Manalapan, NJ Local Area Information

Manalapan Township is a township in Monmouth County, New Jersey, United States. As of the 2010 United States Census, the township’s population was 38,872, representing an increase of 5,449 (+16.3%) from the 33,423 counted in the 2000 Census, which had in turn increased by 6,707 (+25.1%) from the 26,716 counted in the 1990 Census. The name “Manalapan” is derived from a word in the Lenape language that would mean either “land of good bread” or “good land to settle upon.”

Manalapan Township was formed by an act of the New Jersey Legislature on March 9, 1848, from portions of Freehold Township. Englishtown was formed as a borough from portions of Manalapan on January 4, 1888, based on the results of a referendum held the previous day.

Yorketown (with a 2010 Census population of 6,535) is a census-designated place and unincorporated community located within Manalapan Township.

The Battle of Monmouth was fought on land that is now part of Manalapan and Freehold townships. Monmouth Battlefield State Park occupies 2,928 acres (1,185 ha) in the two townships.

Manalapan Township is located at 40°16′56″N 74°20′48″W (40.282353,-74.346565). According to the United States Census Bureau, the township had a total area of 30.839 square miles (79.873 km2), of which, 30.607 square miles (79.271 km2) of it is land and 0.232 square miles (0.602 km2) of it (0.75%) is water.[2][3] Elevation is 82 feet (25 m). The township completely surrounds Englishtown.

At the 2010 United States Census, there were 38,872 people, 13,263 households, and 10,663 families residing in the township. The population density was 1,270.0 inhabitants per square mile (490.3 /km2). There were 13,735 housing units at an average density of 448.8 per square mile (173.3 /km2). The racial makeup of the township was 88.55% (34,423) White, 2.38% (925) Black or African American, 0.05% (18) Native American, 6.90% (2,682) Asian, 0.02% (7) Pacific Islander, 0.94% (364) from other races, and 1.17% (453) from two or more races. Hispanic or Latino of any race were 5.66% (2,202) of the population.

There were 13,263 households of which 39.6% had children under the age of 18 living with them, 70.2% were married couples living together, 7.4% had a female householder with no husband present, and 19.6% were non-families. 17.3% of all households were made up of individuals and 9.9% had someone living alone who was 65 years of age or older. The average household size was 2.92 and the average family size was 3.32.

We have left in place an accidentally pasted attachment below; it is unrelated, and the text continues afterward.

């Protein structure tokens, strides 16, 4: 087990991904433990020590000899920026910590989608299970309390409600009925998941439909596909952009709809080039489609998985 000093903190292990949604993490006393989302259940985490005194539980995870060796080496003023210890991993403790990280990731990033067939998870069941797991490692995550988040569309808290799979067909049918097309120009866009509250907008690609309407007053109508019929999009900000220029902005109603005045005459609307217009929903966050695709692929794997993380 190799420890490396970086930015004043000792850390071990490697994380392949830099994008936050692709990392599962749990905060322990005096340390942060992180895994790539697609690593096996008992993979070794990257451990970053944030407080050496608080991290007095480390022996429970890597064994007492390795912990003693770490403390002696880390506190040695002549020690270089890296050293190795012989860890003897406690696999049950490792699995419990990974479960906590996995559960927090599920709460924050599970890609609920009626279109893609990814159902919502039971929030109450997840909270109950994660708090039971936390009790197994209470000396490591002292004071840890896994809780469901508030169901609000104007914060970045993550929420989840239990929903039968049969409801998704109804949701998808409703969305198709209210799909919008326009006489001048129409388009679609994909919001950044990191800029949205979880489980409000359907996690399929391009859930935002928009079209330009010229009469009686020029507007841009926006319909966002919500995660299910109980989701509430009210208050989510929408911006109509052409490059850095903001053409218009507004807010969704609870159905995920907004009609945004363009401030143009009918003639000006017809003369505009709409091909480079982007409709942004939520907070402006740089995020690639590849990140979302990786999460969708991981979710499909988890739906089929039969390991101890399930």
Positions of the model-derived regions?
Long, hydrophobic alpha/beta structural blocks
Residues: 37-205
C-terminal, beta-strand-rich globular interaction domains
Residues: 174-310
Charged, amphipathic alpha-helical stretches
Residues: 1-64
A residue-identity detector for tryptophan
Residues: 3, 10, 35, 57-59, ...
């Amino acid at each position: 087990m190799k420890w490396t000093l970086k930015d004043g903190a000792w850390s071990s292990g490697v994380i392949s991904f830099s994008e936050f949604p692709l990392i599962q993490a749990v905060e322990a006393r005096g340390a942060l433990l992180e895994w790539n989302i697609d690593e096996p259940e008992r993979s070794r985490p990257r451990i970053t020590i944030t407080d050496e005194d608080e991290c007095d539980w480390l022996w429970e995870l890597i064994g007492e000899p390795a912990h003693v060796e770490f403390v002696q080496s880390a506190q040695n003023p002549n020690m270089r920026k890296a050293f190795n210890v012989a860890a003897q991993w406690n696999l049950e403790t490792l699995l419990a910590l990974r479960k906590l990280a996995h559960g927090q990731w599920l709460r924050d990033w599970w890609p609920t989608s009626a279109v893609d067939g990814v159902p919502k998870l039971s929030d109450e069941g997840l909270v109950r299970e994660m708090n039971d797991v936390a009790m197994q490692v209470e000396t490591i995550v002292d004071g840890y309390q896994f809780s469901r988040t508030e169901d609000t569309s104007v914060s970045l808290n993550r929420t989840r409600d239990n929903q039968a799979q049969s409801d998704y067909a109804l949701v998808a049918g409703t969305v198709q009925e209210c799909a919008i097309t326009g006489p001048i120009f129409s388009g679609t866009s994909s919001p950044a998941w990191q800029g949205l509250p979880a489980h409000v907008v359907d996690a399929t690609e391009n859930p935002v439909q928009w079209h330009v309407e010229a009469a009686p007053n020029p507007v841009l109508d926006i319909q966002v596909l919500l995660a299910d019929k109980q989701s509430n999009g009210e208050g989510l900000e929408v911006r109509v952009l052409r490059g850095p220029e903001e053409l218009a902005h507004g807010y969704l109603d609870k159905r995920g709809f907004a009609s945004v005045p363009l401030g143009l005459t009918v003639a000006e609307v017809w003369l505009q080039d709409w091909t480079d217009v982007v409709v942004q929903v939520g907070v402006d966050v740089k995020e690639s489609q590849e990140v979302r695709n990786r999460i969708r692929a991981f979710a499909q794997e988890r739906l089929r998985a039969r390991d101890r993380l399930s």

In the township, 25.8% of the population were under the age of 18, 7.5% from 18 to 24, 21.8% from 25 to 44, 32.4% from 45 to 64, and 12.4% who were 65 years of age or older. The median age was 41.7 years. For every 100 females there were 93.2 males. For every 100 females age 18 and over, there were 89.9 males.

The Census Bureau’s 2006-2010 American Community Survey showed that (in 2010 inflation-adjusted dollars) median household income was $103,970 (with a margin of error of +/- $4,322) and the median family income was $115,292 (+/- $5,344). Males had a median income of $85,086 (+/- $5,699) versus $51,695 (+/- $3,038) for females. The per capita income for the borough was $41,049 (+/- $1,717). About 2.5% of families and 2.8% of the population were below the poverty line, including 3.7% of those under age 18 and 5.4% of those age 65 or over.

Manalapan’s crime rate per 1,000 residents had reached a low of 8.4 in 2003 (in data since 1996). After reaching a peak of 12.1 in 2007, the rate dropped each subsequent year, reaching 10.4 in 2010 before an uptick to 10.8 in 2011. The violent crime rate per 1,000 had reached a low of 0.3 in 2005, before climbing to 0.8 in 2007, then declining or remaining level in each succeeding year, reaching a rate of 0.4 in 2011.

In 2008, seven residents of Manalapan were arrested on money laundering and drug trafficking charges, bringing in a net of $1 million per month in an international drug ring.

References and more area information on Wikipedia here >>

Manalapan Township Website


The People of Manalapan, NJ

Raising Families

People don't just live here, they stay here.
Quality public schools, safety from crime, a high proportion of families with children in the community help make an exceptionally family-friendly environment.

Clean Neighborhoods

Keeping the neighborhood clean.
A pleasant community appearance adds to home values, helps attract business investment, and just improves the neighborhood reputation.

Young Professionals

Active singles and young couples.
A variety of fun, upscale and relaxing atmospheres provides social gatherings & professional networking.

Outdoor Living

A variety of local recreational activities.
Lots of parkland, playgrounds and recreation centers can provide you with plenty of options to maintain your particular level of physical activity.

Social Community

Social events defined by local culture.
Block parties, holiday get togethers, and chili cook-offs bring the community together.